A reading of the biography of Bp Louis Pazheparampil ( 1847-1919), the first bishop of Ernakulum, by I.C. Chacko, both from the parish of Pulinkunnu, tells us about the suffering and even the persecution that took place in the ecclesiastical landscape of the Kerala Church. A close reading of the story of the seven Carmelites, called The Seven Sorrows expelled from monastic life by the archbishop of Verapoly, Abp Leonanard, reveals the struggle for freedom and self-reliance. Interestingly, the historian who tells the story, the hero of the struggle and the villain of the story are all from the same parish. The Carmelite bishop, who was a foreigner, had the embarrassing duty of administering the Latins and the Syrians using priests of both the Churches, whose loyalties and interests as well as orientations differed and were in conflict. Fr Thattasseil Scariachan and others who entertained the Utopia of the status quo saw to it that all the seven priests who were behind sending a petition asking a bishop exclusively for the Syrians were identified and expelled from the monasteries without following any due process. For those who benefit from the status quo, letting future hope infuse and transform the present is too dangerous and revolutionary to be permitted. This the young priests had foreseen and they did not sign the petition but wrote that they are not signing for fear of being punished by the Archbishop. But what they feared did happen. Rome never bothered about their fear and exposed them to danger. But when the Visitator, Bp Maurin arrived, he conducted a trial and they were given freedom to go back to the monastery. But none went back.
Anyone who rebels against the Utopia of the status quo has only the weapon one uses as the proof of one’s humanity. We see the unexpected revelation of their humanism and the truth of men. Truth is celebrated, terminated, and reborn in a continuous process. The history of the quest for truth is the history of its repetition. In spite of all our endeavours, we don’t seem to come nearer to this rainbow. There is more in the past than what happened. And so we have to find the future of the past, the unfulfilled potential of the past. The Church of yesteryears does not call the native to God’s ways, but to the ways of the white man, of the master, of the oppressor. “A world divided into compartments, a motionless, Manicheistic world, a world of statues: the statue of the general who carried out the conquest, the statue of the engineer who built the bridge; a world which is sure of itself, which crushes with its stones the backs flayed by whips: this is the colonial world,” wrote Frantz Fanon in his Wrenched of the Earth. “A belief in fatality removes all blame from the oppressor; the cause of misfortunes and of poverty is attributed to God: He is Fate.” A Christian cannot escape the critical assessment of history, which is based on the fundamental, political conviction that the world is what we make of it. There is no Hegelian “cunning of reason,” but rather unreason begins to function automatically when reason has abdicated it. We cannot be war mongers or believers in war. We must keep our humanity lofty on the pedestal of the sublime even in our struggles. We have to forget, forgive and forge ahead in the history of inventing miracles.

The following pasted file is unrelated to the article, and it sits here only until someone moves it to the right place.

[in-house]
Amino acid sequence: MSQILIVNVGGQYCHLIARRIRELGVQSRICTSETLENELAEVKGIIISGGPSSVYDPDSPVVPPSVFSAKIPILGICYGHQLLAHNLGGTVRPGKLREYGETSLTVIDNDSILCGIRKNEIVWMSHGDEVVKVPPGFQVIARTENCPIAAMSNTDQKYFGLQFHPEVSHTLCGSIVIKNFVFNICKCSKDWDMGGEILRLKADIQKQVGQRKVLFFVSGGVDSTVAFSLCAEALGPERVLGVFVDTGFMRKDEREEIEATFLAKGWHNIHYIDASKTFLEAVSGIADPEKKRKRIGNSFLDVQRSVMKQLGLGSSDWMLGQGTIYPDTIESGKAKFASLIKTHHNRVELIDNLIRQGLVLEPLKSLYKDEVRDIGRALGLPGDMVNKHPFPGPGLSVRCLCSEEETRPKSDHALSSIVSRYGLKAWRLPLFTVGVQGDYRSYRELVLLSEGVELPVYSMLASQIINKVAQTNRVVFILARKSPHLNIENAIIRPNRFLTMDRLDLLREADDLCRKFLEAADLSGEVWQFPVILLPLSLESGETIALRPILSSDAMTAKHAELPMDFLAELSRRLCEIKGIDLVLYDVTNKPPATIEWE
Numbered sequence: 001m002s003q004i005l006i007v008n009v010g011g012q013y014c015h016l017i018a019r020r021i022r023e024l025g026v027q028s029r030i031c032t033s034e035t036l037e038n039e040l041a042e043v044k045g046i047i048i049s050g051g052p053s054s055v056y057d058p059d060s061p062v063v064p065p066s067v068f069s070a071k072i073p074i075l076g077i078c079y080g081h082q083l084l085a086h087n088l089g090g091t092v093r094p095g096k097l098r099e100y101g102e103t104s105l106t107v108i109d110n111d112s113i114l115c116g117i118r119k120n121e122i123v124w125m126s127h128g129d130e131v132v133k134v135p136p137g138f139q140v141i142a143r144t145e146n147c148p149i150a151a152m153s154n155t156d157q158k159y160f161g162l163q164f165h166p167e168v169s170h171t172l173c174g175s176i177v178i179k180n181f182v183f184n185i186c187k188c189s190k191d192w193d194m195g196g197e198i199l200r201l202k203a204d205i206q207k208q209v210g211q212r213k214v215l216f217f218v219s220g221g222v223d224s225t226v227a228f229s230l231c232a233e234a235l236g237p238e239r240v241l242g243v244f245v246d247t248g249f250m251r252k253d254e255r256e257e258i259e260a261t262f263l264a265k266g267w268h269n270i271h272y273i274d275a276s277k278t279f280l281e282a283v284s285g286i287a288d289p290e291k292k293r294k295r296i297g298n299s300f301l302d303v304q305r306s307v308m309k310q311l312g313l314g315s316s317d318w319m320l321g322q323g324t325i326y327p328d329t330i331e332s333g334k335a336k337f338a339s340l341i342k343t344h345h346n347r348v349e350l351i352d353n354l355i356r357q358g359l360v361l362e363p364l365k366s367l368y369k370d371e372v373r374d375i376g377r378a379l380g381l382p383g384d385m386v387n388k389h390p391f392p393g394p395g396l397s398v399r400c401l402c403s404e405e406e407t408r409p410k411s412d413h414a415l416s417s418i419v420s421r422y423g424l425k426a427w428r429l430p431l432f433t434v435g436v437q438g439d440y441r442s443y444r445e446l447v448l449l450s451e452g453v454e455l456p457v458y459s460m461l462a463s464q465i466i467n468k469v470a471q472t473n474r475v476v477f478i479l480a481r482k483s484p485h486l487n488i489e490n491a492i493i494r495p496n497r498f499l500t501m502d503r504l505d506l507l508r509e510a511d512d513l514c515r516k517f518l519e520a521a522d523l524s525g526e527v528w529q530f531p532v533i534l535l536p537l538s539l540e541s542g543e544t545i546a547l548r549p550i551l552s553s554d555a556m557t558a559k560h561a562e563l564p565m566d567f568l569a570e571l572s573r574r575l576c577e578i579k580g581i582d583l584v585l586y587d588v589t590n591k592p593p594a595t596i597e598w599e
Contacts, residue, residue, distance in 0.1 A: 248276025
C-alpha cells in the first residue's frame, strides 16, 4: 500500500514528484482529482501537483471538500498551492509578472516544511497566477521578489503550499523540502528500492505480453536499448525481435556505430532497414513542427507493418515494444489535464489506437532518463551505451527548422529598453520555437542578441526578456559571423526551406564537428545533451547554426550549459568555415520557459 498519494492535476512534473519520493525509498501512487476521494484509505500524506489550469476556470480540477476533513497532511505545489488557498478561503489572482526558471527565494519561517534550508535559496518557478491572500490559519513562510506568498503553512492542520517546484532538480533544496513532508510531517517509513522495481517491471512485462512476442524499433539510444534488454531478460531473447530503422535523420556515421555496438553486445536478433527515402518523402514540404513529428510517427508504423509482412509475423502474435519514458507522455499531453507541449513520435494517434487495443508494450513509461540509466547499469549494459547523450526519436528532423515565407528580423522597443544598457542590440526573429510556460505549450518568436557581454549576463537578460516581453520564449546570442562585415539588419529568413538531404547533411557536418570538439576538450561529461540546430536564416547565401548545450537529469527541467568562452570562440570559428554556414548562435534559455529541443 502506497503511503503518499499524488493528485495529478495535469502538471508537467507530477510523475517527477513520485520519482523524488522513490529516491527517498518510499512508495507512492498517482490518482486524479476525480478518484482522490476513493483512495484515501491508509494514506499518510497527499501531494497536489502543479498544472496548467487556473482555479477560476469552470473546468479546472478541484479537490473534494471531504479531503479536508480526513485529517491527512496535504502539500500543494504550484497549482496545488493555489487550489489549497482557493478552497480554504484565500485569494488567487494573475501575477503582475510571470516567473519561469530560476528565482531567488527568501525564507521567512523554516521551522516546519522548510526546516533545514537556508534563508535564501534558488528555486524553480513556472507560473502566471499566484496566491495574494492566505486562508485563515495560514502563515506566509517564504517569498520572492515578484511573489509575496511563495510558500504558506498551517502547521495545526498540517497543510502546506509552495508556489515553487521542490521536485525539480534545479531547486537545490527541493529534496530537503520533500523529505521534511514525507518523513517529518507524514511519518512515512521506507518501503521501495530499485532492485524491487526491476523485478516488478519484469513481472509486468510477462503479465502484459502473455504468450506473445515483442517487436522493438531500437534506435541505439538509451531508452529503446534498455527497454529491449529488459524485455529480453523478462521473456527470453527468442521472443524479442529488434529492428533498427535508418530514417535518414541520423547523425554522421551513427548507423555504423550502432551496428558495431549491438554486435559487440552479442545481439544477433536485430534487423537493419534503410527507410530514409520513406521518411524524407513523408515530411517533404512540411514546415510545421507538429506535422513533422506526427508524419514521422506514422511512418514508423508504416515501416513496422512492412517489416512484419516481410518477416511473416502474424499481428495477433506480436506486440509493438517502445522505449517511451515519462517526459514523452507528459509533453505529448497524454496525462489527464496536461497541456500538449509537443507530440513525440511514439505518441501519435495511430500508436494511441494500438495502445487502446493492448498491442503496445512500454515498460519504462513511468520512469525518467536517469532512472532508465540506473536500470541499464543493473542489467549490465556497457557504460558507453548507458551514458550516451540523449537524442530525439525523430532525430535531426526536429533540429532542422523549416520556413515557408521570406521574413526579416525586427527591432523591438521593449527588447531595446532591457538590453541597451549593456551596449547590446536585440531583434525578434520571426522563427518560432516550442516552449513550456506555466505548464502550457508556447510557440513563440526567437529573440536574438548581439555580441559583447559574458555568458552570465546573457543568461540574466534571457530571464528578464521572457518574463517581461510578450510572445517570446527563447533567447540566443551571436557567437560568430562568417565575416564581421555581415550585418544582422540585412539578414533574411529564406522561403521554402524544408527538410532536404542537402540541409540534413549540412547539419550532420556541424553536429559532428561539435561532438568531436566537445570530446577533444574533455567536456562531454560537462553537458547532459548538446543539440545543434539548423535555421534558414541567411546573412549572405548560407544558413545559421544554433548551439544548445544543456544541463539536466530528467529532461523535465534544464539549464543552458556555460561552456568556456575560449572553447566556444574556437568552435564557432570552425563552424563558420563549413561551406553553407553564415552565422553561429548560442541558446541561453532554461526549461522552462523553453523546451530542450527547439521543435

A life without speech and without action, on the other hand—and this is the only way of life that in earnest has renounced all appearance and all vanity in the biblical sense of the word—is literally dead to the world. It has ceased to be a human, because it is no longer lived among men. With word and deed we insert ourselves into the human world, and this insertion is like a second birth, in which we conﬁrm and take upon ourselves the naked fact of our original physical appearance. This character of startling unexpectedness is inherent in all beginnings and in all origins. The origin of life from inorganic matter is an infinite improbability of inorganic processes. The standpoint of processes, or the evolution of human out of animal life is wonder in the universe. The new always happens against the overwhelming odds of statistical laws and their probability, the fate. The new always appears in the guise of a miracle.